In the social environment awareness programme participants start to define a philosophy and methodology for personal growth. It is a rights based approach. After courses in communication skills, conflict resolution and leadership, and training in organizational procedures and structures, including record keeping and reporting, they are encouraged to develop an organizational philosophy based on active youth participation and non-discrimination, and focusing on human rights. A further phase focuses on identifying issues of social, economical, cultural, gender and political injustices in the local community and to do something practical about it.
In the academic skills programme the focus is on academic progress and on future studies and careers. In this programme tutoring is done by qualified teachers, in groups and in individual sessions. Time spent participating in community work is rewarded with funding for either the initial application and registration fees at tertiary institutions or for practical career assistance. Office administration skills (MS Office, work habits, communication and basic management skills) form part of the academic tutoring.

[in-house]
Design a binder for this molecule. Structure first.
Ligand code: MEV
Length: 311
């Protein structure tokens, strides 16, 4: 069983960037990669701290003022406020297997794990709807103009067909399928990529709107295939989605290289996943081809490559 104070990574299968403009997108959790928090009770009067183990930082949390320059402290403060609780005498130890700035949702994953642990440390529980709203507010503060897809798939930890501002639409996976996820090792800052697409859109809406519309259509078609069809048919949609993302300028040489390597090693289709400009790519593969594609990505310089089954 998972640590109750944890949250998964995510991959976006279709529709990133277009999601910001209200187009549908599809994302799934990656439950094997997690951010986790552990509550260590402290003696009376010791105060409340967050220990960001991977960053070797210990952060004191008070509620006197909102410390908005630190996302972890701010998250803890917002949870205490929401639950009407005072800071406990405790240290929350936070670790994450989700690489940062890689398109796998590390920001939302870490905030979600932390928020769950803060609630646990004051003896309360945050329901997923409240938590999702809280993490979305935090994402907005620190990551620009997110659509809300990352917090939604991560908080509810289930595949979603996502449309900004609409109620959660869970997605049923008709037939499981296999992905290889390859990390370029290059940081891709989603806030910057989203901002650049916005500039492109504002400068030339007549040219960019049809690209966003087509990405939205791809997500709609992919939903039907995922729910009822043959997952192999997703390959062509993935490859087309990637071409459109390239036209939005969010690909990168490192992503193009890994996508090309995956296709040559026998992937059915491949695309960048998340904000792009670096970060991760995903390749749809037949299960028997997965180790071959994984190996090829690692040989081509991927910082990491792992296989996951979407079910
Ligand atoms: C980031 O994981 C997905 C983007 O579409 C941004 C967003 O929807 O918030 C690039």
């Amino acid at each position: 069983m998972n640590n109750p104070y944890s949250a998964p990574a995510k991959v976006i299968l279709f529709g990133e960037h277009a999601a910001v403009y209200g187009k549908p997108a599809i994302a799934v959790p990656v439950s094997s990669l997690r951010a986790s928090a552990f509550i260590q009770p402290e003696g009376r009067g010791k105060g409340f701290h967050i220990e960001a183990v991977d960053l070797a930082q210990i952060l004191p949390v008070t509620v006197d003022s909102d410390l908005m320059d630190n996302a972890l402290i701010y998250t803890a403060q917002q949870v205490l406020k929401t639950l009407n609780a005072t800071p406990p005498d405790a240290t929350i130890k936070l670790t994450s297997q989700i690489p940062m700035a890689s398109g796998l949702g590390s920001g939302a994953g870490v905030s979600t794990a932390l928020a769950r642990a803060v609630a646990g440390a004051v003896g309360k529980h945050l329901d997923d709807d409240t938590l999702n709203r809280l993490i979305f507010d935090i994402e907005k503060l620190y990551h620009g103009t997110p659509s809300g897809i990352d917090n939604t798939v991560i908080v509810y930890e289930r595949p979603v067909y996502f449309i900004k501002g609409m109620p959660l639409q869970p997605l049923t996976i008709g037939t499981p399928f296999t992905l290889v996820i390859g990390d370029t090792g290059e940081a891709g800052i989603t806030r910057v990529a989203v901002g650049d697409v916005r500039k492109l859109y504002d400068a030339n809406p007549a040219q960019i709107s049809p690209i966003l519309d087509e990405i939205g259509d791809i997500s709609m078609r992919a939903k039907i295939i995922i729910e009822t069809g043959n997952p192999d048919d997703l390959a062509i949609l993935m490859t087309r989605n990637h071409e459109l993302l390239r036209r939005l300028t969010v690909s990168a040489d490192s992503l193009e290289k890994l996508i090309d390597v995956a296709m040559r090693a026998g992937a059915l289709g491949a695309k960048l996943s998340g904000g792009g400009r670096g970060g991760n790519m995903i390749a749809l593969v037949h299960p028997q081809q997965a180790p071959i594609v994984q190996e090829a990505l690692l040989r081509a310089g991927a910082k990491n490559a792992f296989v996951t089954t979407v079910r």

Monitoring and evaluation
- Criteria and procedures for monitoring and evaluation include:
- Assessments of participants. These include academic, developmental, and health assessments.
- Program evaluation by participants.
- Qualitative and quantitative assessments of community initiatives by participants after completion of the programme.
- Staff and management assessments, internal and external.
- A programme specific process to monitor and evaluate the overall programme.
The 2 to 22 programme has a clear logic and is well supported from within the community. It is a programme that is helping individuals and at the same time strives to set standards for similar initiatives elsewhere.
The Greater Stellenbosch Development Trust and Vision K
118 A Masithandane Street.
Hannes van Zyl 021 886 6722 or 083 303 8544
Mpumi Mrubata 072 245 9479